Chart: Hong Kong’s exports to Nigeria in 2011
 Hong Kong’s exports to Nigeria in 2011
Accounting for 70% of Hong Kong’s export sales to Nigeria, electronics products grew at an average annual growth rate of 39% during 2006-2011. Telecom products, which dominate electronics exports to the country, edged up at an even faster pace of 45% average annual growth rate.

The proportion of finished goods among Hong Kong’s electronics exports to Nigeria rose from 45% in 2006 to 91% in 2011, well above the ratios with many other countries. This indicates that Nigeria is by far an end-user of Hong Kong’s electronics products, as it has yet to build up a manufacturing base for quality electronics products at reasonable prices.

Hong Kong’s exports to Nigeria, 2006-2011

(US$ ‘000)



Average annual growth (%)

Total Exports




Clothing & accessories




Gems & jewellery




Toys, dolls & games




Travel goods & handbags




Watches & clocks




Electronic products




Telecommunications equipment




Audio-visual equipment




Information technology




Source: Census and Statistics Department, Hong Kong 

Chart: Hong Kong’s electronics exports to Nigeria

Nigeria has its fair share of challenges for foreign companies

 Photo: Chauffeur with guards provided by a security services company

Chauffeur with guards provided by
a security services company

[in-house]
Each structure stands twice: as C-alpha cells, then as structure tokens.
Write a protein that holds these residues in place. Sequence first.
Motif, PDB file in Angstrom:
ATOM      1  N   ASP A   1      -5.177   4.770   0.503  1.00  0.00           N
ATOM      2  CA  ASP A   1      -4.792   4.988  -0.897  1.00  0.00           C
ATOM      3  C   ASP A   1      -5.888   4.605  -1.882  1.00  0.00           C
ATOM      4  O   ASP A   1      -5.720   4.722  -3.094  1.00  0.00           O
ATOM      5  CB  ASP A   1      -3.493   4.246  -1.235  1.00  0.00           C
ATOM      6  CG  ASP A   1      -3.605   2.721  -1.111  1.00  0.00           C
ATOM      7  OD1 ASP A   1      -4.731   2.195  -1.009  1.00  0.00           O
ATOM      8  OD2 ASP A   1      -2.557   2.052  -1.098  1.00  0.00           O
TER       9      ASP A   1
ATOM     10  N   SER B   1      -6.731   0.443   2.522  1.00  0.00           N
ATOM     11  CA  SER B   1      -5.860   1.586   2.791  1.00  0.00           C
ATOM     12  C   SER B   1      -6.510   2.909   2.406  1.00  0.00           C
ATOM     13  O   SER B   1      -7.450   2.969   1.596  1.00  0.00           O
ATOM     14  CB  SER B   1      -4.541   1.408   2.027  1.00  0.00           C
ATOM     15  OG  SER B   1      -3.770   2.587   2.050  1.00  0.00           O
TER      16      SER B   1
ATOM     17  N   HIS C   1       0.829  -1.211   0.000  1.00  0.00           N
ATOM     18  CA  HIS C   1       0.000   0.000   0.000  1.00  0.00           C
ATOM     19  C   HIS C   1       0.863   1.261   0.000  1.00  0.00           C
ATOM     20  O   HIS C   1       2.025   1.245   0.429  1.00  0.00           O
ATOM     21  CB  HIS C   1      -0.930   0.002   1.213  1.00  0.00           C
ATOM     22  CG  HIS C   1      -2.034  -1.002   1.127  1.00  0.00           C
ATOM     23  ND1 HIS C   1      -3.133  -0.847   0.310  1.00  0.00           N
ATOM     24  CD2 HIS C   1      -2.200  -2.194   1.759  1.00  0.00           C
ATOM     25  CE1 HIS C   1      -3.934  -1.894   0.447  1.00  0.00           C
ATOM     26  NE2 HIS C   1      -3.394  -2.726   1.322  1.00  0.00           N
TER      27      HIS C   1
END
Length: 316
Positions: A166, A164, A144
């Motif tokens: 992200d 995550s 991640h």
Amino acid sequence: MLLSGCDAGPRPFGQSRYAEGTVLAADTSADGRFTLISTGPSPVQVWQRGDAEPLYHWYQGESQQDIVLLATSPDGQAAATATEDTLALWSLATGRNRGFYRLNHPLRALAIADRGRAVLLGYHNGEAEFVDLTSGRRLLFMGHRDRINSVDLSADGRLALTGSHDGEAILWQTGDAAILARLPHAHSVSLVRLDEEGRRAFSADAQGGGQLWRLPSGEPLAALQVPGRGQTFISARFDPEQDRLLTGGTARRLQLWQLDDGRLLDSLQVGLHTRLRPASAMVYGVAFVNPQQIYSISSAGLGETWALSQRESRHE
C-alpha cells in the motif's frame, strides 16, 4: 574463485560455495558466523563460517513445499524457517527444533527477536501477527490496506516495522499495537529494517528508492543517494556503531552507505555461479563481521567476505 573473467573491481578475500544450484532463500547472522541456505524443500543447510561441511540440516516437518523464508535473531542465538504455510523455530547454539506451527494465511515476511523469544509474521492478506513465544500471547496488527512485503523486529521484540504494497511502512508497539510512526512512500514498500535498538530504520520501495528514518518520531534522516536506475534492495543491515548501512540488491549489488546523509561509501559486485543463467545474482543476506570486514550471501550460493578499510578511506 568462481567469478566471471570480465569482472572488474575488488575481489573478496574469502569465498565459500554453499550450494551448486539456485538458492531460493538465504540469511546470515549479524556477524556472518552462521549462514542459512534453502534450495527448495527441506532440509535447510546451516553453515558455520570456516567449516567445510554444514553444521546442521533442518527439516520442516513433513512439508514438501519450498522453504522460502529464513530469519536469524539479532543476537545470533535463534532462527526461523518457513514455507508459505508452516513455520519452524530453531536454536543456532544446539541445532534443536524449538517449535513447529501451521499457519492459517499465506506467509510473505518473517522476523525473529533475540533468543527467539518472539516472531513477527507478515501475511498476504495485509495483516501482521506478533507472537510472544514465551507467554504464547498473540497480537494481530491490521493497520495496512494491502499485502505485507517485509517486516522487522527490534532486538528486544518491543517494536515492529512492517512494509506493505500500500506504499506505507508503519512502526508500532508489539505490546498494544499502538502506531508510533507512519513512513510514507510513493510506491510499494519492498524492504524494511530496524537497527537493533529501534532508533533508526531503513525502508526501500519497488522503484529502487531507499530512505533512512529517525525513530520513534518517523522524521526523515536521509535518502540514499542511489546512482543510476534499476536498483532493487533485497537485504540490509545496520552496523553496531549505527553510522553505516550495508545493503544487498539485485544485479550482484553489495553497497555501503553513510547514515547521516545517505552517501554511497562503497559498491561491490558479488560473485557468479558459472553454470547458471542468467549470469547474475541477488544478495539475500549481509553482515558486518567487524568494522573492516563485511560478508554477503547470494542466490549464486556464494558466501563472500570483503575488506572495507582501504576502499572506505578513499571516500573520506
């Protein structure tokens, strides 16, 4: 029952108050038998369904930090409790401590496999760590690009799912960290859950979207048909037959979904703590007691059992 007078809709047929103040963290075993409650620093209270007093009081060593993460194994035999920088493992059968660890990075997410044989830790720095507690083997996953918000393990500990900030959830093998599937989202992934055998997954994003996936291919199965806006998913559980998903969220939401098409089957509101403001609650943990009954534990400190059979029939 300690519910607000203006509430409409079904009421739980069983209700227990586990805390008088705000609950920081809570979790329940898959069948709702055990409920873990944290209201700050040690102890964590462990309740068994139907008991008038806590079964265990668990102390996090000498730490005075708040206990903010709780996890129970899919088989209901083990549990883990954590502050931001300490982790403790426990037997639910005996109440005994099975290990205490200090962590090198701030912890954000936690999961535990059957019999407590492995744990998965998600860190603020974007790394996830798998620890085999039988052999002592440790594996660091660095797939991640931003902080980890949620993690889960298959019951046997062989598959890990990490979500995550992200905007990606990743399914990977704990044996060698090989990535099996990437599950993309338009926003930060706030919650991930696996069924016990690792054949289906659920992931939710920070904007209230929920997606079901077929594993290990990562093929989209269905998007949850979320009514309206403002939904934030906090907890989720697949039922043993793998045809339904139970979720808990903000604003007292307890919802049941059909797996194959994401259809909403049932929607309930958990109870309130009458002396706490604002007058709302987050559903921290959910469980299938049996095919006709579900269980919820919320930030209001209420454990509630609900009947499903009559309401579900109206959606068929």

There is little surprise that people may reflexively think of safety issues when it comes to Nigeria. That is understandable given reports of armed robbery and terrorist attacks in Nigeria. Remote areas of the country, in particular the northern part, should be avoided, as Islamic extremist sect Boko Haram is active there. Yet, rest assured that terrorist attacks are rare in Lagos, Nigeria’s commercial capital. To avoid robbery, it is highly recommended to arrange security measures before travelling to Nigeria. There are international security companies which have extensive experience to provide one-stop security services to foreign travellers.

Similar to many emerging markets, there is noticeable red tape and corruption in Nigeria. According to the Corruption Perception Index 2011, Nigeria ranked 143rd in the world compared to Indonesia (100th) and Russia (143rd). In contrast, Nigeria compares well with Kenya (154th) in East Africa, but trails Ghana (69th), its neighbour in West Africa, by a wide margin.

Undoubtedly, security issues, business frauds and red tape add extra costs to businesses operating in Nigeria. Therefore, identifying a reliable business partner and participating into local business associations can help ease business operations and minimise the overall costs. There is a growing Chinese community in Nigeria, along with some well established Chinese business associations.

Regarding Nigeria’s retail market, it is quite fragmented and unorganised. Meanwhile, there are one or two modern shopping malls in Nigeria, with a few more shopping centres to be expected over the next few years. To tap the Nigerian market, partnering with a reliable distributor or wholesaler with a strong business network can increase the odds of successful business.

Seeking reliable distributors may not be an easy task, as many Nigerian importers operate on a small scale. To get the ball rolling, it is also worth leveraging Dubai as a trade platform to kick-start business. In Dubai, there is the largest trading centre for Chinese products outside China, Dragon Mart. This 150,000 sqm trade centre offer some 4,000 shops handling a variety of Chinese products. It is one of the most-visited sourcing platforms of African traders, including Nigerian importers.

With the rosy outlook over the next decades, Hong Kong should take a look at this promising market, turning Nigeria’s potential into actual business.

Content provided by Hong Kong Trade Development Council